Game Theory: An Introduction by Steven TadelisGame Theory: An Introduction by Steven Tadelis

Game Theory: An Introduction

bySteven Tadelis

Hardcover | January 6, 2013

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This comprehensive textbook introduces readers to the principal ideas and applications of game theory, in a style that combines rigor with accessibility. Steven Tadelis begins with a concise description of rational decision making, and goes on to discuss strategic and extensive form games with complete information, Bayesian games, and extensive form games with imperfect information. He covers a host of topics, including multistage and repeated games, bargaining theory, auctions, rent-seeking games, mechanism design, signaling games, reputation building, and information transmission games. Unlike other books on game theory, this one begins with the idea of rationality and explores its implications for multiperson decision problems through concepts like dominated strategies and rationalizability. Only then does it present the subject of Nash equilibrium and its derivatives.



Game Theoryis the ideal textbook for advanced undergraduate and beginning graduate students. Throughout, concepts and methods are explained using real-world examples backed by precise analytic material. The book features many important applications to economics and political science, as well as numerous exercises that focus on how to formalize informal situations and then analyze them.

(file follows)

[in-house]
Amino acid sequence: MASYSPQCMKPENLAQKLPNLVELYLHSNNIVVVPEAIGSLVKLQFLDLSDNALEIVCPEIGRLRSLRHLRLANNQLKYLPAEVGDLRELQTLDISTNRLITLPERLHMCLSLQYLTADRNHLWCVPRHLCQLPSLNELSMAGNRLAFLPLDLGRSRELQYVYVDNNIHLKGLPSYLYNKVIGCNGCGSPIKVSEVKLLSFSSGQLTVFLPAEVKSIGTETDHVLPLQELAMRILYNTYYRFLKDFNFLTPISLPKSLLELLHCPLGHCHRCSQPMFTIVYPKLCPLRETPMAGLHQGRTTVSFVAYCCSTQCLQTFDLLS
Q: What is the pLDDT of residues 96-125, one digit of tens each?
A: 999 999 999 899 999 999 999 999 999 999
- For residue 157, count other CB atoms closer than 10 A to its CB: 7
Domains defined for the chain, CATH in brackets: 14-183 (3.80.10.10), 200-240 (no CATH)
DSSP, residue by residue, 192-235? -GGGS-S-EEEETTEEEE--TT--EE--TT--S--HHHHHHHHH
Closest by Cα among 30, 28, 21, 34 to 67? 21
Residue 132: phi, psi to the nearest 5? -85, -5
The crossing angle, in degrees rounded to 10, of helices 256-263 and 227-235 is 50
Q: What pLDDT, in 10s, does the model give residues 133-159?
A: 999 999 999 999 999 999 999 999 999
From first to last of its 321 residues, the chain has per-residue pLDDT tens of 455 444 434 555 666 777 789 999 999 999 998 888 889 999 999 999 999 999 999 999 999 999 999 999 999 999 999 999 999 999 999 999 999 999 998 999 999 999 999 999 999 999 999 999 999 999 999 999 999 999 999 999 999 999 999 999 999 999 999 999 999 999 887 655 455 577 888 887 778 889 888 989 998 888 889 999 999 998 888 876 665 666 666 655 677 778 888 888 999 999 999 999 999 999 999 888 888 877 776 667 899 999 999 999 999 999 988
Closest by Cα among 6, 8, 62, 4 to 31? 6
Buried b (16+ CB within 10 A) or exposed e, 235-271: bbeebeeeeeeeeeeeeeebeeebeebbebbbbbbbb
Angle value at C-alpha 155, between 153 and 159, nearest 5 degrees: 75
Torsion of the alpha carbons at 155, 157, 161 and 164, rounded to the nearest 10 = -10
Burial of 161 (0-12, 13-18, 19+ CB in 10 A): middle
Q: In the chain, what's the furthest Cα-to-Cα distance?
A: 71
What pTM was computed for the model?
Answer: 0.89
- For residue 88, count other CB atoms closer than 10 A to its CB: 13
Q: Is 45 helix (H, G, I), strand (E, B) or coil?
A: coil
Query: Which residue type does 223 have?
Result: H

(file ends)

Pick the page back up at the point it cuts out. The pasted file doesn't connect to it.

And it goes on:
• Introduces the core ideas and applications of game theory

  • Covers static and dynamic games, with complete and incomplete information

  • Features a variety of examples, applications, and exercises

  • Topics include repeated games, bargaining, auctions, signaling, reputation, and information transmission

  • Ideal for advanced undergraduate and beginning graduate students

  • Complete solutions available to teachers and selected solutions available to students

Steven Tadelisis associate professor and Barbara and Gerson Bakar Faculty Fellow at the Haas School of Business at the University of California, Berkeley, and a Distinguished Economist at eBay Research Labs.
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Title:Game Theory: An IntroductionFormat:HardcoverDimensions:416 pagesPublished:January 6, 2013Publisher:Princeton University PressLanguage:English